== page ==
It wasn't only Obamacare supporters that wanted people to talk to their families about political issues over Thanksgiving. The National Security Agency did, too, even going so far as to offer its employees some tips on how to defend the beleaguered secret agency. Which cements the public perception that it is nefarious.
The document obtained by FireDogLake's Kevin Gosztola is actually a pretty poor example of talking points. It includes five main subject areas, each of which itself has a series of sub-bullets. For anyone who has been paying close attention to the debate over the NSA, the arguments are nothing new — they obey the law, they have robust oversight, they prevent terror attacks, they protect freedom . But the NSA has frequently complained that its defenses aren't reaching the public, an argument belied by evidence that the media has a pro-grovernment bias. So, the talking points.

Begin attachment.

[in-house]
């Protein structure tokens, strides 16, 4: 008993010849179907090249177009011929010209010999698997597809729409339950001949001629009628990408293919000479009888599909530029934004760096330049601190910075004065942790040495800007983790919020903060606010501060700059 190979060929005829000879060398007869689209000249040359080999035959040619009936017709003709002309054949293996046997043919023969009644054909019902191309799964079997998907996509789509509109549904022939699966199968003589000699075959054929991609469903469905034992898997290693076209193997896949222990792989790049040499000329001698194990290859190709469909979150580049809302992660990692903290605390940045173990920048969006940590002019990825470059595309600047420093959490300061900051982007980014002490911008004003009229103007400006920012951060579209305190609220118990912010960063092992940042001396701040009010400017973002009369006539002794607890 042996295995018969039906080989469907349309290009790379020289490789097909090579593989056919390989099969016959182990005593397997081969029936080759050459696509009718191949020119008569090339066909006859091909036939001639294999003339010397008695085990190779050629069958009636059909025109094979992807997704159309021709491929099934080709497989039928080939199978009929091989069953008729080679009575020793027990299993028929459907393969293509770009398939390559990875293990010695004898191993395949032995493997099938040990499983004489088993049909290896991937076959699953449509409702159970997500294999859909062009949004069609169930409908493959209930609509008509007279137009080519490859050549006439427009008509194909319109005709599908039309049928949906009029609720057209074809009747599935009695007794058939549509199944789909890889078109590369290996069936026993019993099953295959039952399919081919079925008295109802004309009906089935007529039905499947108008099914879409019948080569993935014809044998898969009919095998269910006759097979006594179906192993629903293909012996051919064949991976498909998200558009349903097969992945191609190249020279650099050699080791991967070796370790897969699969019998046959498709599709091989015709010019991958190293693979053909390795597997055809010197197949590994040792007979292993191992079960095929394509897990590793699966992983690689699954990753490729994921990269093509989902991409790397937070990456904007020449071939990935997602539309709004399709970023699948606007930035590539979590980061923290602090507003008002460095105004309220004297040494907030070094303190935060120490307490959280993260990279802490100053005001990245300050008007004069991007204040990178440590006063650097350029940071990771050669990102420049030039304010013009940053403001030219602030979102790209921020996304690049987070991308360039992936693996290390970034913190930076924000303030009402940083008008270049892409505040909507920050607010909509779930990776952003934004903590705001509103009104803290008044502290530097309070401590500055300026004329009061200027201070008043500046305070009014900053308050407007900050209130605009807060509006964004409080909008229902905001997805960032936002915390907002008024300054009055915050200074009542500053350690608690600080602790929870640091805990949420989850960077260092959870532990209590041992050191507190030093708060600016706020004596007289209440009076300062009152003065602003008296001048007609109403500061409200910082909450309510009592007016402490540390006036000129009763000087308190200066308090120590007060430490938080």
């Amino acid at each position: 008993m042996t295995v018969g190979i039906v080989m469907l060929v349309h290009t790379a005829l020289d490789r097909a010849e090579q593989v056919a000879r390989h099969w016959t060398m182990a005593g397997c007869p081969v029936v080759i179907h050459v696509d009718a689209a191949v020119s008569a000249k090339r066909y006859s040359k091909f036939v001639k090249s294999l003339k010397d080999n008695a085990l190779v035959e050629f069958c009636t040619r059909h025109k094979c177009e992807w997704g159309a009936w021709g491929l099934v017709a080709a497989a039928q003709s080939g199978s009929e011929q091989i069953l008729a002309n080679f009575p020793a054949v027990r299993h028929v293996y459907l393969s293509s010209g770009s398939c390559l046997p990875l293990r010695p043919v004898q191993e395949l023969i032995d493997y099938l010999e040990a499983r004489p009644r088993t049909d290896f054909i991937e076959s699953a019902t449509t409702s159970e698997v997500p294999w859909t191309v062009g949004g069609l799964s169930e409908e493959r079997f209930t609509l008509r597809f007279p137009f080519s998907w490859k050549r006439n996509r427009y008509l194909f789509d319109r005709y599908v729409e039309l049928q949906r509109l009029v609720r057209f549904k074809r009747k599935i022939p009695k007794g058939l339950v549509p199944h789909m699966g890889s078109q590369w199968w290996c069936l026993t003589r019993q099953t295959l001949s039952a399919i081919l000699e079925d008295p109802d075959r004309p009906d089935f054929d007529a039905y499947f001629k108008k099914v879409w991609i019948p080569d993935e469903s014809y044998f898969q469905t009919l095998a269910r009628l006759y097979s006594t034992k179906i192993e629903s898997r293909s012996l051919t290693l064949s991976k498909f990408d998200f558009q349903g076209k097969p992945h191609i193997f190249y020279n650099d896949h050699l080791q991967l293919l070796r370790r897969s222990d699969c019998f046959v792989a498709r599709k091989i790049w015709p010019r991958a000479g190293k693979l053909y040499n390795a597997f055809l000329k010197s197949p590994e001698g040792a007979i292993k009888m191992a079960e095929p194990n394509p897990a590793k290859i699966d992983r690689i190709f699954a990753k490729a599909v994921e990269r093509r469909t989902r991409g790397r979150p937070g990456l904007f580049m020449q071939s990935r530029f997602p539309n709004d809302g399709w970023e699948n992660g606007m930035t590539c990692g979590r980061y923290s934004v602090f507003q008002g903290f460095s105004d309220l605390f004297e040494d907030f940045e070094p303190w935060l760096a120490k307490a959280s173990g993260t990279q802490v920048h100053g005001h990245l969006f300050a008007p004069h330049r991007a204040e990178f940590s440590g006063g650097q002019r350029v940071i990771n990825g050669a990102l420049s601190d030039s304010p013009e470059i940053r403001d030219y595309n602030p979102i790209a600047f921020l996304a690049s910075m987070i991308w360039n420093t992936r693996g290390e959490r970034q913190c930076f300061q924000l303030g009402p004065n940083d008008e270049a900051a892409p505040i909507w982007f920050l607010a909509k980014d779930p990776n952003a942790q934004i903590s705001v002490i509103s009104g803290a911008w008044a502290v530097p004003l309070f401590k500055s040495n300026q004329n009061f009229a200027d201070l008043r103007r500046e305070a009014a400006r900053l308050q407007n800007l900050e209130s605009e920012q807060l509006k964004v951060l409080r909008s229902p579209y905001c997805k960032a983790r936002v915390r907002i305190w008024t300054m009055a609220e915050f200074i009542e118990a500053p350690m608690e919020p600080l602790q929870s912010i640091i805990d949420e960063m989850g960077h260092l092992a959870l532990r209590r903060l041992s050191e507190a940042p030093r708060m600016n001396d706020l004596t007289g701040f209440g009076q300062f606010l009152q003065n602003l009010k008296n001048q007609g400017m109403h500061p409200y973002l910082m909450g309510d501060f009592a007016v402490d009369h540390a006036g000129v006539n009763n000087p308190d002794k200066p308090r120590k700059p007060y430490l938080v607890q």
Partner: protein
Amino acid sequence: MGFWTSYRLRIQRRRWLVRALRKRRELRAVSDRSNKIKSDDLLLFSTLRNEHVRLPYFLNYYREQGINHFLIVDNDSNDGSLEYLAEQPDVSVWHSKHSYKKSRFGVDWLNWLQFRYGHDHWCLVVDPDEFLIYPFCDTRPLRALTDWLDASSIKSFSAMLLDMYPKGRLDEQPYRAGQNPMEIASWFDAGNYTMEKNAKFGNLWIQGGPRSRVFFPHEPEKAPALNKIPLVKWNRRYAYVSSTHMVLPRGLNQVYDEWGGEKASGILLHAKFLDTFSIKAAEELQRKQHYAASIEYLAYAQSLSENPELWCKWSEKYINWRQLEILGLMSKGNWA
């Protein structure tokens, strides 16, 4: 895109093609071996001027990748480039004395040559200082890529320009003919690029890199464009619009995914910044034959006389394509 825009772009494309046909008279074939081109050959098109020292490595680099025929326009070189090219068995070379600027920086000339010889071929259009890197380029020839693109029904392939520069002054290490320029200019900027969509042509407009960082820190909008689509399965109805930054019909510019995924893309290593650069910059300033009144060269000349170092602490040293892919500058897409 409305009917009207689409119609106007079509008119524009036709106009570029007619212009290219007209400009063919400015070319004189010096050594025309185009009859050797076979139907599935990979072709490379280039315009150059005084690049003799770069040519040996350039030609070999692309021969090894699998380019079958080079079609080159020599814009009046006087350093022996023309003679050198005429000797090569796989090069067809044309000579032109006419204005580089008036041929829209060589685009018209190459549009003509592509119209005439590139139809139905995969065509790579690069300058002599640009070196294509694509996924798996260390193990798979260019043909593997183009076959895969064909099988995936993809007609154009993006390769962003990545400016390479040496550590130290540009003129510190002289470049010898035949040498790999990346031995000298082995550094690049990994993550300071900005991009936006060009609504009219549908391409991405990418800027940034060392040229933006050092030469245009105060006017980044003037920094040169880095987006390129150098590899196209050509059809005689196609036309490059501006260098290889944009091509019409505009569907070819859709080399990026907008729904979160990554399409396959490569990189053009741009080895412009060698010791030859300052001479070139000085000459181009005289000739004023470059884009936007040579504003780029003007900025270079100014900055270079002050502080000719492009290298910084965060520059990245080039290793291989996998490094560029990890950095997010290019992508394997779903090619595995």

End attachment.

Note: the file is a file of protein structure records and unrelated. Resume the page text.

A sample conversation might go something like this. A grandmother, pouring gravy on her potatoes, says, "So, Jimmy, how's work going?" And Jimmy responds: "Well, the NSA's mission is of great value to the nation, Grandma, because we provide timely, actionable intelligence to political and military customers who use that information in a range of applications … " at which point Grandma dies of old age.